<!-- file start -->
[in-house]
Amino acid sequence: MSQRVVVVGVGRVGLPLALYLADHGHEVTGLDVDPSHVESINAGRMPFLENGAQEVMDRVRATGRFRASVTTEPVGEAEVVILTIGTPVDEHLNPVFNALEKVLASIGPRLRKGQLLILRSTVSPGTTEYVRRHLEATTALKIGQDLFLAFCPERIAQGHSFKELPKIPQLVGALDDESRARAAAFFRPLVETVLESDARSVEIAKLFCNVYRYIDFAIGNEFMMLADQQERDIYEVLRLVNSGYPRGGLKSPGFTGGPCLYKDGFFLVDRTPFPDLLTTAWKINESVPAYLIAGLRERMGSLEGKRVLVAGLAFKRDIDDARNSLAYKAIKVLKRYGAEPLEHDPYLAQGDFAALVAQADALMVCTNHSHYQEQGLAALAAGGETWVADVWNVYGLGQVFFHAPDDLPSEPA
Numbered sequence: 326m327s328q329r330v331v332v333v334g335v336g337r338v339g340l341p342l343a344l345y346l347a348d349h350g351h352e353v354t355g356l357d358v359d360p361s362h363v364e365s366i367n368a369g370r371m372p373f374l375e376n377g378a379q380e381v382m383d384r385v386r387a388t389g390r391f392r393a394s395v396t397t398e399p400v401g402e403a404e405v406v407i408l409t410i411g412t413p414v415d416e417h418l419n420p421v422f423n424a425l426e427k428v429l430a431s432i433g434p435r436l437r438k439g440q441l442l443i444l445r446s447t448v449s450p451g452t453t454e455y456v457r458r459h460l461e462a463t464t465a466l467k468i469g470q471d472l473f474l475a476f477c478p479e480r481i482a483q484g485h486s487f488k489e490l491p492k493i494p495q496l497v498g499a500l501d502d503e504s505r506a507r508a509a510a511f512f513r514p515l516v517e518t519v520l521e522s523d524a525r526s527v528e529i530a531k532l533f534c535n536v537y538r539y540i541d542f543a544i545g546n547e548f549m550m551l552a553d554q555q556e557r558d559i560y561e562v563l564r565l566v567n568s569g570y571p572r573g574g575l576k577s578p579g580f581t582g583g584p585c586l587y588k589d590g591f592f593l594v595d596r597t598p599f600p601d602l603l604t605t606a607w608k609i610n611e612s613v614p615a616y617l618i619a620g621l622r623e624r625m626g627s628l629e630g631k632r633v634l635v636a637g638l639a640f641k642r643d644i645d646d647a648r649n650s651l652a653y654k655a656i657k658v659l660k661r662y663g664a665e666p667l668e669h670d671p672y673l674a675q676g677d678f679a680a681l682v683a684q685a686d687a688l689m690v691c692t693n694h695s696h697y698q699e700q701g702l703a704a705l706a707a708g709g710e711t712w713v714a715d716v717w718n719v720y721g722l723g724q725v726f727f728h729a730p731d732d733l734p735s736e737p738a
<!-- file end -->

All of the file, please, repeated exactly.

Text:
[in-house]
Amino acid sequence: MSQRVVVVGVGRVGLPLALYLADHGHEVTGLDVDPSHVESINAGRMPFLENGAQEVMDRVRATGRFRASVTTEPVGEAEVVILTIGTPVDEHLNPVFNALEKVLASIGPRLRKGQLLILRSTVSPGTTEYVRRHLEATTALKIGQDLFLAFCPERIAQGHSFKELPKIPQLVGALDDESRARAAAFFRPLVETVLESDARSVEIAKLFCNVYRYIDFAIGNEFMMLADQQERDIYEVLRLVNSGYPRGGLKSPGFTGGPCLYKDGFFLVDRTPFPDLLTTAWKINESVPAYLIAGLRERMGSLEGKRVLVAGLAFKRDIDDARNSLAYKAIKVLKRYGAEPLEHDPYLAQGDFAALVAQADALMVCTNHSHYQEQGLAALAAGGETWVADVWNVYGLGQVFFHAPDDLPSEPA
Numbered sequence: 326m327s328q329r330v331v332v333v334g335v336g337r338v339g340l341p342l343a344l345y346l347a348d349h350g351h352e353v354t355g356l357d358v359d360p361s362h363v364e365s366i367n368a369g370r371m372p373f374l375e376n377g378a379q380e381v382m383d384r385v386r387a388t389g390r391f392r393a394s395v396t397t398e399p400v401g402e403a404e405v406v407i408l409t410i411g412t413p414v415d416e417h418l419n420p421v422f423n424a425l426e427k428v429l430a431s432i433g434p435r436l437r438k439g440q441l442l443i444l445r446s447t448v449s450p451g452t453t454e455y456v457r458r459h460l461e462a463t464t465a466l467k468i469g470q471d472l473f474l475a476f477c478p479e480r481i482a483q484g485h486s487f488k489e490l491p492k493i494p495q496l497v498g499a500l501d502d503e504s505r506a507r508a509a510a511f512f513r514p515l516v517e518t519v520l521e522s523d524a525r526s527v528e529i530a531k532l533f534c535n536v537y538r539y540i541d542f543a544i545g546n547e548f549m550m551l552a553d554q555q556e557r558d559i560y561e562v563l564r565l566v567n568s569g570y571p572r573g574g575l576k577s578p579g580f581t582g583g584p585c586l587y588k589d590g591f592f593l594v595d596r597t598p599f600p601d602l603l604t605t606a607w608k609i610n611e612s613v614p615a616y617l618i619a620g621l622r623e624r625m626g627s628l629e630g631k632r633v634l635v636a637g638l639a640f641k642r643d644i645d646d647a648r649n650s651l652a653y654k655a656i657k658v659l660k661r662y663g664a665e666p667l668e669h670d671p672y673l674a675q676g677d678f679a680a681l682v683a684q685a686d687a688l689m690v691c692t693n694h695s696h697y698q699e700q701g702l703a704a705l706a707a708g709g710e711t712w713v714a715d716v717w718n719v720y721g722l723g724q725v726f727f728h729a730p731d732d733l734p735s736e737p738a